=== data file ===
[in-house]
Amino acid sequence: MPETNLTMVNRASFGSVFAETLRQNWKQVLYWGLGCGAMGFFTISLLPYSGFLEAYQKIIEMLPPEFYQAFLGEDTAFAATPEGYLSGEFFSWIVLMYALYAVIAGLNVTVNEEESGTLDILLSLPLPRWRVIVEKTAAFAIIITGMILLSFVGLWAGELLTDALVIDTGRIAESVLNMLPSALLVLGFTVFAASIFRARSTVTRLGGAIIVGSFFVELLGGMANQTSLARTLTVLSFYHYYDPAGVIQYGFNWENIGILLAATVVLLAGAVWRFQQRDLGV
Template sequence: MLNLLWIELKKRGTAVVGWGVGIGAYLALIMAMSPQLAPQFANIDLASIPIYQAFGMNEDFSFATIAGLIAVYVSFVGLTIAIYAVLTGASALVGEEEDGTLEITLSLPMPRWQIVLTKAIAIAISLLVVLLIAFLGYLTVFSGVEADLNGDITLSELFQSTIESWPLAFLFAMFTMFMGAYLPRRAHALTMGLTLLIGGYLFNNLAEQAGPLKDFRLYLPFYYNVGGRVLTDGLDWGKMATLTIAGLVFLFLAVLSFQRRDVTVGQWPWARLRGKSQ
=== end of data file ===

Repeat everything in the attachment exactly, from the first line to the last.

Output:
[in-house]
Amino acid sequence: MPETNLTMVNRASFGSVFAETLRQNWKQVLYWGLGCGAMGFFTISLLPYSGFLEAYQKIIEMLPPEFYQAFLGEDTAFAATPEGYLSGEFFSWIVLMYALYAVIAGLNVTVNEEESGTLDILLSLPLPRWRVIVEKTAAFAIIITGMILLSFVGLWAGELLTDALVIDTGRIAESVLNMLPSALLVLGFTVFAASIFRARSTVTRLGGAIIVGSFFVELLGGMANQTSLARTLTVLSFYHYYDPAGVIQYGFNWENIGILLAATVVLLAGAVWRFQQRDLGV
Template sequence: MLNLLWIELKKRGTAVVGWGVGIGAYLALIMAMSPQLAPQFANIDLASIPIYQAFGMNEDFSFATIAGLIAVYVSFVGLTIAIYAVLTGASALVGEEEDGTLEITLSLPMPRWQIVLTKAIAIAISLLVVLLIAFLGYLTVFSGVEADLNGDITLSELFQSTIESWPLAFLFAMFTMFMGAYLPRRAHALTMGLTLLIGGYLFNNLAEQAGPLKDFRLYLPFYYNVGGRVLTDGLDWGKMATLTIAGLVFLFLAVLSFQRRDVTVGQWPWARLRGKSQ